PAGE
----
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Long term care; med-surg; critical care
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JBMmom has 6 years experience as a MSN and specializes in Long term care; med-surg; critical care.


JBMmom's Latest Activity

  1. JBMmom

    LTC to TCU/Med surg

    I went from LTC to med surg and kept my per diem LTC for about a year before I left. It's a good transition, I gained lots of experience in the LTC that helped me transition to acute care, but there was plenty more to learn. Good luck with finding your niche! It can take years, and that's the great thing about nursing, you can always move on to something else and pick up new skills.
  2. Thank you, on an upcoming day off I will try to do more specific research related to my state's laws in this area. It just hasn't been a straight forward search to this point. Thank you, I had not thought of following up with risk management, I will do so.
  3. We have recently had a few patients in our unit that have been evaluated by the psychiatrist and the psychiatric consult note states something like "Patient is not allowed to leave against medical advice because he lacks insight into his current condition. Patient has been cleared for suicidal or homicidal ideation and does not require a 1:1 sitter." These patients have generally been detoxing from alcohol, either because they presented to the ED asking for help with detox resources (rarely), or people they were admitted for acute pancreatitis (usually). My concern is when a current patient became belligerent and agitated we had to put him in four point restraints and use medications like geodon to keep him and our staff safe. At the time he appeared alert and oriented to person, place, time and situation. He was demanding to leave AMA and threatening both physical violence to staff and legal actions to sue us for unlawful detention. He has a relative who is a lawyer that called into the unit and threatened similar action. Now, as a nurse I have a progress note from a consulting physician with a line in it that says patient can't leave AMA. I don't have an order, and as it has been explained to me, a PEC is not valid for patients receiving medical treatment, only patients that have been medically cleared and are receiving inpatient psychiatric treatment. I don't feel like a line in a progress note is sufficient to protect my license if one of these patients sues us. If a hospitalist writes "patient needs lasix administration" in a progress note, I don't administer lasix, I followed the prescribed orders in the chart. When I questioned the psychiatrist about this I was dismissed with a condescending statement that "I don't know how your nursing license works, sorry, but if you read my progress note you can see he can't leave". I was told there is no order associated with that note, but system wide that is sufficient to keep a patient against their will. I've tried numerous Google searches and checked scope of practice guidelines, but I don't see anything that appears to cover this issue. Does anyone have any insight? Thanks for any feedback.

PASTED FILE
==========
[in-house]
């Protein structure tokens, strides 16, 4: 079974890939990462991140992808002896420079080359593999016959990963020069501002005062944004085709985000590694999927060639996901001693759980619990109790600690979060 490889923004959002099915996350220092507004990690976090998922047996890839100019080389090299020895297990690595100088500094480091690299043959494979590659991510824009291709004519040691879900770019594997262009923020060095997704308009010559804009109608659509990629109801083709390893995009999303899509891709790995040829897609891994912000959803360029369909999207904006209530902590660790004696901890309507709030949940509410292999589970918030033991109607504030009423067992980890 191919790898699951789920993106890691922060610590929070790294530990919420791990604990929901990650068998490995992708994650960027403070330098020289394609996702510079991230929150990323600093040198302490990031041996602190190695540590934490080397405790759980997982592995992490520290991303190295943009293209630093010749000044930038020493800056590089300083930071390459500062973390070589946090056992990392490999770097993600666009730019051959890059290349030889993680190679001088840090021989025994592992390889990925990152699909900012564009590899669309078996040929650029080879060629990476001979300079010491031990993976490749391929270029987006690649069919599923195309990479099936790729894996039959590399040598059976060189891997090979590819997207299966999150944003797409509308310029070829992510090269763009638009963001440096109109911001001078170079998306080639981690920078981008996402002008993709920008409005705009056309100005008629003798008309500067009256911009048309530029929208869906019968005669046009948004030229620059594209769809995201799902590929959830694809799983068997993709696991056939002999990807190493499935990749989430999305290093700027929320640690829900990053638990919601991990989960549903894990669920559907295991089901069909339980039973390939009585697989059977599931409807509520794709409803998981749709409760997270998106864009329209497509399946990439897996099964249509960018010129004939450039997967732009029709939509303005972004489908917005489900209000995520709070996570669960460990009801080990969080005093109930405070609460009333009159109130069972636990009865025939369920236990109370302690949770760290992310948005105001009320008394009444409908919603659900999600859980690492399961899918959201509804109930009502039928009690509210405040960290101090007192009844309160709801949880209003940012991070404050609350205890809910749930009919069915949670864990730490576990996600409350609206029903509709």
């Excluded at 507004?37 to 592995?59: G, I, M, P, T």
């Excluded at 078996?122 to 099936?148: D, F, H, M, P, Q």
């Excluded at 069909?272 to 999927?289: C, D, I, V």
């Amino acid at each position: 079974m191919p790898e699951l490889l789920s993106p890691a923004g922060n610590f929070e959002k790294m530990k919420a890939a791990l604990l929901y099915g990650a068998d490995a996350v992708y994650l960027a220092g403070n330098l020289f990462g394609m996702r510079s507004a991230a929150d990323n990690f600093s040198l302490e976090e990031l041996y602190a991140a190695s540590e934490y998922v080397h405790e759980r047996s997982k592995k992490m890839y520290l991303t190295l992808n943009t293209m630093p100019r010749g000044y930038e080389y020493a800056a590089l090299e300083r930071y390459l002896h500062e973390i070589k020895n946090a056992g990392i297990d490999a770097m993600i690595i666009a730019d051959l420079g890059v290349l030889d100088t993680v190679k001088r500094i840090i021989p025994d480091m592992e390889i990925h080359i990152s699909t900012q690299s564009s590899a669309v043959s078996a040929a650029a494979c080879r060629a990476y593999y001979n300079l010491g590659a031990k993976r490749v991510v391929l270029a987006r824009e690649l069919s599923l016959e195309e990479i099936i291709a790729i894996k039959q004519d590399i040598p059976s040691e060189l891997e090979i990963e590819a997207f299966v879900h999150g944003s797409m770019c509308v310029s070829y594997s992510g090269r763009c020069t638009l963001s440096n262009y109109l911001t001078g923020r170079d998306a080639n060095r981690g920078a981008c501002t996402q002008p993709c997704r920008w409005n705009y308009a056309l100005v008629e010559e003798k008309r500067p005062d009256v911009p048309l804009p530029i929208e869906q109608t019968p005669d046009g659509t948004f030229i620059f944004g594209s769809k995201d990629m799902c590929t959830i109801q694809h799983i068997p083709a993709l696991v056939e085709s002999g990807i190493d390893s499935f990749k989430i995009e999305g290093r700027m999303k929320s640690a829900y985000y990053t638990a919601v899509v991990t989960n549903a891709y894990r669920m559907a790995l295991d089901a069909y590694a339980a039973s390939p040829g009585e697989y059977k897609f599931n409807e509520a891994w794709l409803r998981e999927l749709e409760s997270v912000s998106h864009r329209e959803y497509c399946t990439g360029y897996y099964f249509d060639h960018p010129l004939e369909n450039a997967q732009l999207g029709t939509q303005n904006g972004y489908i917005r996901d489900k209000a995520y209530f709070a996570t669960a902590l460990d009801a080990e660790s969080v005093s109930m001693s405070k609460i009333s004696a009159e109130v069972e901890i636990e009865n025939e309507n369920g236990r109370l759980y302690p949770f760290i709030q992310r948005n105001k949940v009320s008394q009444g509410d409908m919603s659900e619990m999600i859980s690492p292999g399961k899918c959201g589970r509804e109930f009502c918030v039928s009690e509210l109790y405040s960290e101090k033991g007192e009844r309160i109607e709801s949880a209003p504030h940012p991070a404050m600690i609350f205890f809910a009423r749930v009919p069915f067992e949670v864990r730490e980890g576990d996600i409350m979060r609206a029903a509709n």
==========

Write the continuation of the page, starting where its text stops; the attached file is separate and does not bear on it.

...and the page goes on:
4. JBMmom

    LVN- Central Line Via CADD Pump

    I'm not an expert on LVN scope of practice, my initial thought is that restarting should be fine. My assumption would be they cannot initiate a medication because if a patient were to have an adverse reaction, it's not within their scope to assess and respond. But, I'm not in your state, nor did we have any hospital based LVNs here anymore so I could be misinformed.
  5. JBMmom

    RN providing total care for 4-5 patients